Are you a web developer (given the nickname)?
If all you want is a deterrent, just put up one of those shields (like those with the ADT, Banham etc logos) at the front of the house, and one at the back. I find unmonitored or self-monitored alarms quite useless because they rely on you, or a trusted person (e.g. a neighbour – but giving keys to a neighbour might void your insurance) being able to attend if the alarm goes off. I am no expert but I get the impression that neighbours or passers by very rarely, if at all, get involved when they hear an alarm go off. Of course this is just my opinion – the UK is full of people who disagree and install unmonitored or self-monitored alarms.
By contrast, a monitored alarm with keyholder response gives you the certainty the property won’t be left in a mess (eg with a broken window through which other gentlemen might enter) for 10 days while you’re on holiday; of course, the risk of this happening is fairly low, and this kind of piece of mind doesn’t come cheap. To each their own choices.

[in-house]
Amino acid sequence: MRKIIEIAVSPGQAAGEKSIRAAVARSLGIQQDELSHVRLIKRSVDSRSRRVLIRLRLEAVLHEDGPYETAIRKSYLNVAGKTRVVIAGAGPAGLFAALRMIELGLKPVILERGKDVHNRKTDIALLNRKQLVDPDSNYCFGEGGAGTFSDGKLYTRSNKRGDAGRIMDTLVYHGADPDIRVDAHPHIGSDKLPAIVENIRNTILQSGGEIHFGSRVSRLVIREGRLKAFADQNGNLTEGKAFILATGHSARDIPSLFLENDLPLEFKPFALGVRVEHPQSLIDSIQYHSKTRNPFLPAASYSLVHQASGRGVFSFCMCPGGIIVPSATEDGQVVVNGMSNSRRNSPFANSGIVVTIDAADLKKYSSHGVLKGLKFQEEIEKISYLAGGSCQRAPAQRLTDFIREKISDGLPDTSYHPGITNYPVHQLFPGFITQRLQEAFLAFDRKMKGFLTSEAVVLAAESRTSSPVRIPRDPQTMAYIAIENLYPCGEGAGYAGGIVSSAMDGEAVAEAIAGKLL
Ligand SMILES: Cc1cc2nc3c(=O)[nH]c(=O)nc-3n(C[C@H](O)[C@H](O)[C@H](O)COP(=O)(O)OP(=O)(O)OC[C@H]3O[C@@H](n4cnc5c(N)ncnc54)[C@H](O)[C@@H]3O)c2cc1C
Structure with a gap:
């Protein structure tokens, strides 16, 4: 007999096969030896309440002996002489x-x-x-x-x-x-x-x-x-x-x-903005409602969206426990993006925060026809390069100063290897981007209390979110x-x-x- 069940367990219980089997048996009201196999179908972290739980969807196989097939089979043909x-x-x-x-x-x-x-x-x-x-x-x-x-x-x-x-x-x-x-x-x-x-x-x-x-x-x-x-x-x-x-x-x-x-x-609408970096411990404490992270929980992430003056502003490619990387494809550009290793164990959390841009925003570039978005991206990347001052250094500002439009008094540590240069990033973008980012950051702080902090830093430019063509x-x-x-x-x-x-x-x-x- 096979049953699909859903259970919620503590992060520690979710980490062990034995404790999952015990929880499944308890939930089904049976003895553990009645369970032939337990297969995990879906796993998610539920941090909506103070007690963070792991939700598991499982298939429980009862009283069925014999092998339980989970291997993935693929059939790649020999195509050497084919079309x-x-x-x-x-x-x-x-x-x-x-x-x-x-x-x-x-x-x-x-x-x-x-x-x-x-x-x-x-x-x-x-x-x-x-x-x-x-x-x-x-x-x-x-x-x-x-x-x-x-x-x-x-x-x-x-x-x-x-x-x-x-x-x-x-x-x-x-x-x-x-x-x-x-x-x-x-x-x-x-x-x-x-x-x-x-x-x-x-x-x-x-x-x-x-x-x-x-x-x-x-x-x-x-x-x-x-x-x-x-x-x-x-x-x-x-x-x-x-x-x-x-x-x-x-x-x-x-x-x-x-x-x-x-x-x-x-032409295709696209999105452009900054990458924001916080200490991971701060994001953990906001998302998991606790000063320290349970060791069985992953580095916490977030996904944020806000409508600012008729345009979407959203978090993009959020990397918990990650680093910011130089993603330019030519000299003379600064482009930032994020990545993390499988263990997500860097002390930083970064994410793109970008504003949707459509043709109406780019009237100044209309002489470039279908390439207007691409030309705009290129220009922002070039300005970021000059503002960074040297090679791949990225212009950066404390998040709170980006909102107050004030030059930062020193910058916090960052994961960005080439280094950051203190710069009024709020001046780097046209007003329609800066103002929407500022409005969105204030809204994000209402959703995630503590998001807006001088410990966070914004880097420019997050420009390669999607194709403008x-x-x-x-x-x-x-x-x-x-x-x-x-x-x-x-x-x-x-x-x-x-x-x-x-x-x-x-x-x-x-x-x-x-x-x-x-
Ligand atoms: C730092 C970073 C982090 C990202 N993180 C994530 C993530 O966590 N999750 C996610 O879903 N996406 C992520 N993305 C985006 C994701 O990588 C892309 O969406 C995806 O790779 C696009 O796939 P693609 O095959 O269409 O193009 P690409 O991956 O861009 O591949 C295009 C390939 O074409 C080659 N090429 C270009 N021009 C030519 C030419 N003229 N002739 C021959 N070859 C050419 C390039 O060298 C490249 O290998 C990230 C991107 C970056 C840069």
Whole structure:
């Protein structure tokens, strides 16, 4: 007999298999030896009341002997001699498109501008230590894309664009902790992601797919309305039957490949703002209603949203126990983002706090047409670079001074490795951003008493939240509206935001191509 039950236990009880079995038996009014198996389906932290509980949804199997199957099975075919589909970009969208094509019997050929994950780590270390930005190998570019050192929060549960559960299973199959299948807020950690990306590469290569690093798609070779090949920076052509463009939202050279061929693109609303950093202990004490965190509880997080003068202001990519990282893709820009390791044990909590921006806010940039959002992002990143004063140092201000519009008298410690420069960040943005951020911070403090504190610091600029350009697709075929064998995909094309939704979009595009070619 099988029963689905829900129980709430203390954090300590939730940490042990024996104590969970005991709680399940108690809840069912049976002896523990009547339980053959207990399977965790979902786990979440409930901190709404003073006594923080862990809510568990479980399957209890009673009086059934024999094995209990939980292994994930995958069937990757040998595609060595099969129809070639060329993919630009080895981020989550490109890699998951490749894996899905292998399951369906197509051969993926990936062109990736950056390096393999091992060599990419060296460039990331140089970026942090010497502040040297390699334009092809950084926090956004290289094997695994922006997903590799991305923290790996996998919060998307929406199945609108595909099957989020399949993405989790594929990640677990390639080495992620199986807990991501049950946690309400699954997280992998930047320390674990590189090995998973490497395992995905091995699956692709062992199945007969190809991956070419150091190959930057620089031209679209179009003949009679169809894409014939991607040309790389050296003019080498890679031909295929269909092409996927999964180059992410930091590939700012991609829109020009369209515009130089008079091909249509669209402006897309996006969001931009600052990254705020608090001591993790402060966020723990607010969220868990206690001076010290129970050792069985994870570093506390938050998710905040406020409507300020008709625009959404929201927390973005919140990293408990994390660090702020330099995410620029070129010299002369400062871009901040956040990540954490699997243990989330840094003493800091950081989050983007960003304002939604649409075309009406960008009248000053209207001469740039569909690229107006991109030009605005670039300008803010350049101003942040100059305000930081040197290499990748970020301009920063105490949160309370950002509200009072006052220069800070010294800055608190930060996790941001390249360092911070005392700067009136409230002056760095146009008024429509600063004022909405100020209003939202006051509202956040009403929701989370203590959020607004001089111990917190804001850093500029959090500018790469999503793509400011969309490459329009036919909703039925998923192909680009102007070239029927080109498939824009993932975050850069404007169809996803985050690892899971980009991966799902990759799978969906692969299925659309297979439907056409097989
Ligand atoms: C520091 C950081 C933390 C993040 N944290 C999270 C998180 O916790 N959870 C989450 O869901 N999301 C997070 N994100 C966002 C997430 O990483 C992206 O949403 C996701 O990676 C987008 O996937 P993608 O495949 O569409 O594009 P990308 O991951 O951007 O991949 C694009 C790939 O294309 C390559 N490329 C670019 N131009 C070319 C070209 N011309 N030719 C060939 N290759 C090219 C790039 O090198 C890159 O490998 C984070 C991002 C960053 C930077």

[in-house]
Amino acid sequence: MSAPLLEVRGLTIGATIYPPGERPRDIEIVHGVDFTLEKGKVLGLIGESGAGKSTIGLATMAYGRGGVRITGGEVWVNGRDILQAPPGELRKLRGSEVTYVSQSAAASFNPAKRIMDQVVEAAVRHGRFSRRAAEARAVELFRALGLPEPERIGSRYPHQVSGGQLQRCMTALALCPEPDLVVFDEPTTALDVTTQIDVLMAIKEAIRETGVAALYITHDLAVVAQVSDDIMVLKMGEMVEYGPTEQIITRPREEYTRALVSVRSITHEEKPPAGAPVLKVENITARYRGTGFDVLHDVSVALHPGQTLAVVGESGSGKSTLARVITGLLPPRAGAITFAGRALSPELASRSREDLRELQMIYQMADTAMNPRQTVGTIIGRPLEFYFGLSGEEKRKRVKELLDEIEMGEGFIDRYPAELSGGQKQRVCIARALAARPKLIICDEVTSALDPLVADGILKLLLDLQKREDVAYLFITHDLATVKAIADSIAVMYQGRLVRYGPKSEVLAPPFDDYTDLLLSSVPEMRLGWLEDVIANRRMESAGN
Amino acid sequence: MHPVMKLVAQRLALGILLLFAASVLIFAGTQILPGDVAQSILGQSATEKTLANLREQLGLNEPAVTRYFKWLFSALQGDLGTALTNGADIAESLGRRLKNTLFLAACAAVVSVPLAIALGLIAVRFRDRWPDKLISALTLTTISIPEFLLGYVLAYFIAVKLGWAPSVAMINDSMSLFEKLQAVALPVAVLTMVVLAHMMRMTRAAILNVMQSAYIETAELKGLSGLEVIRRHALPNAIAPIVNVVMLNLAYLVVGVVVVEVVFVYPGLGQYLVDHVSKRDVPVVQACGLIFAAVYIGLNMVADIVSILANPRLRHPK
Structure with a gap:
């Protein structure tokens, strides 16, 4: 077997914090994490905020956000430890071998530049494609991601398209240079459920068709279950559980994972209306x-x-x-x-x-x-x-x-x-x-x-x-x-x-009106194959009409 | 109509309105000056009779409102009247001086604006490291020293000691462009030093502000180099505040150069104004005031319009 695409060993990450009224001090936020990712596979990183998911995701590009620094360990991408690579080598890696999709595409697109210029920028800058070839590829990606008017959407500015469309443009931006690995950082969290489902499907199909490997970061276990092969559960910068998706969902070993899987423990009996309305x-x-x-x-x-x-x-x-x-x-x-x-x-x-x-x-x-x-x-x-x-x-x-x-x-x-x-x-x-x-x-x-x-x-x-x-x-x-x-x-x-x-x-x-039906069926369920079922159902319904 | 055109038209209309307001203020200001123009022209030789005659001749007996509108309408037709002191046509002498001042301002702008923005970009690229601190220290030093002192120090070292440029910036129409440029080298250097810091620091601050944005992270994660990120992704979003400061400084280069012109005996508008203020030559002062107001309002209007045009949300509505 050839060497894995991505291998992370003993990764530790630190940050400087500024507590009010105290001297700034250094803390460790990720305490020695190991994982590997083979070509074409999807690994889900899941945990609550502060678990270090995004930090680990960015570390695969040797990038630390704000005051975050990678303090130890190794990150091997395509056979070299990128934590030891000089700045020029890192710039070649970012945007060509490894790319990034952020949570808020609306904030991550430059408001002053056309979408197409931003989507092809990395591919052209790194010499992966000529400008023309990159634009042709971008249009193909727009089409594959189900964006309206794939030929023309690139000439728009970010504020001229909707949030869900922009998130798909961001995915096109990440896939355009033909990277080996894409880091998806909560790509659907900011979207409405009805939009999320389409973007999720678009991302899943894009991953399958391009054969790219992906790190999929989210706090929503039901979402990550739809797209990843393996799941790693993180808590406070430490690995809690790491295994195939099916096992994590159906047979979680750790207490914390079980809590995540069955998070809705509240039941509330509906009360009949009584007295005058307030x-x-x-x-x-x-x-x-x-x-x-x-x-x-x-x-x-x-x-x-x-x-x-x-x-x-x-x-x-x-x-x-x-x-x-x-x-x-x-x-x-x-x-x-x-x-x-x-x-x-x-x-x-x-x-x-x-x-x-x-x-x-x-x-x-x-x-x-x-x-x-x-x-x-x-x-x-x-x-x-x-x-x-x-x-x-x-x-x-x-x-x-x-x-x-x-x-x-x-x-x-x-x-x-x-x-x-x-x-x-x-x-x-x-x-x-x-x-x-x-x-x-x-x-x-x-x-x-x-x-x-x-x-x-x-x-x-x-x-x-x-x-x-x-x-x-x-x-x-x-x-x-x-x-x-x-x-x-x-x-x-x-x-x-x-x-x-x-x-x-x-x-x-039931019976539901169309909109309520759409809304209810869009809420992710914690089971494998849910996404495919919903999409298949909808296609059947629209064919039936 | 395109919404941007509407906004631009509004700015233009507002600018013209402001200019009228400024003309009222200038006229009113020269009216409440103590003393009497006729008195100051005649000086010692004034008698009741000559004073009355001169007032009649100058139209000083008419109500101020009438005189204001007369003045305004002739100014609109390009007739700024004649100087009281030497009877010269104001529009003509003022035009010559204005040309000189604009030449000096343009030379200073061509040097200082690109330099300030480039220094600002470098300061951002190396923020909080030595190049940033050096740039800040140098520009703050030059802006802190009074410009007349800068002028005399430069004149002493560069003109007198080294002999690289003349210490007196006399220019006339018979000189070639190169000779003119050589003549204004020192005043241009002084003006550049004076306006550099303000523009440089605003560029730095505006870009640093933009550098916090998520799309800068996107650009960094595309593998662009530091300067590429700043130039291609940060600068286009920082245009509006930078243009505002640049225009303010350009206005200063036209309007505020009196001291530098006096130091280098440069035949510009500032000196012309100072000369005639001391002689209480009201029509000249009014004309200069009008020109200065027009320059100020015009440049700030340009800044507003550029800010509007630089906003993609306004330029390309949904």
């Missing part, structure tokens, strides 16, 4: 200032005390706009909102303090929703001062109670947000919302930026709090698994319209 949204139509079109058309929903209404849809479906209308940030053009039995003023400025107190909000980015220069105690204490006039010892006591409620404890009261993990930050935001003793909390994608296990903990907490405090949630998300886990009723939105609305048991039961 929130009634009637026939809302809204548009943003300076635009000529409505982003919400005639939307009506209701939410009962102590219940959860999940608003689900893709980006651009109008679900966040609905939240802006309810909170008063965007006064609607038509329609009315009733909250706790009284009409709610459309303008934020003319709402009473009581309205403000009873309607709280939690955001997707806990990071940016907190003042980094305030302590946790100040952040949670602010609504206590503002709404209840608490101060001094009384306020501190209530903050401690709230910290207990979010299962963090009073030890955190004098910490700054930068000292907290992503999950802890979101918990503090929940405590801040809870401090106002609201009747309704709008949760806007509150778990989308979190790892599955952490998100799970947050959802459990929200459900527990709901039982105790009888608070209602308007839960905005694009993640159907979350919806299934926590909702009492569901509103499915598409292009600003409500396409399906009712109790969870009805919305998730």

I also think too much security may be counterproductive, because it might lead people to wonder what’s so valuable in your home that you are so keen on protecting. At least that’s what I think when I see a single house with CCTV and metal bars at the windows, in a row of houses with no security.
Ah, it’s not a factor for us, but an incidental benefit of most alarms is being able to track who enters and leaves the property when, e.g. to ensure that the cleaner or the nanny didn’t access the house when they shouldn’t us. Of course it’s also a slippery slope towards spouses spying on each other – I wonder if this has ever been used in divorce cases!
Jokes aside, maybe a nanny or a cleaner might complain that something like Verisure's photodetectors allow you to spy on them? I'm really not sure.
Also, a couple more things that occurred to me:
- You need clarity on call out charges. Banham was transparent in specifying their fees include an annual visit. Amco’s fees don’t, but they say a visit is required every 3-4 years, not every year, and spell out the call out charges clearly. The Guardian published lots of complaints from people who were egregiously overcharged by ADT (things like hundreds of pounds to replace a few batteries) – complaints which were resolved only after the newspaper got involved.
- A smaller, more local company might be more likely to come round straight away if there’s an issue, whereas with a big nationwide company you might have to wait a week before they come in a 6-hour slot which forces you to take the day off work; not sure, just a thought.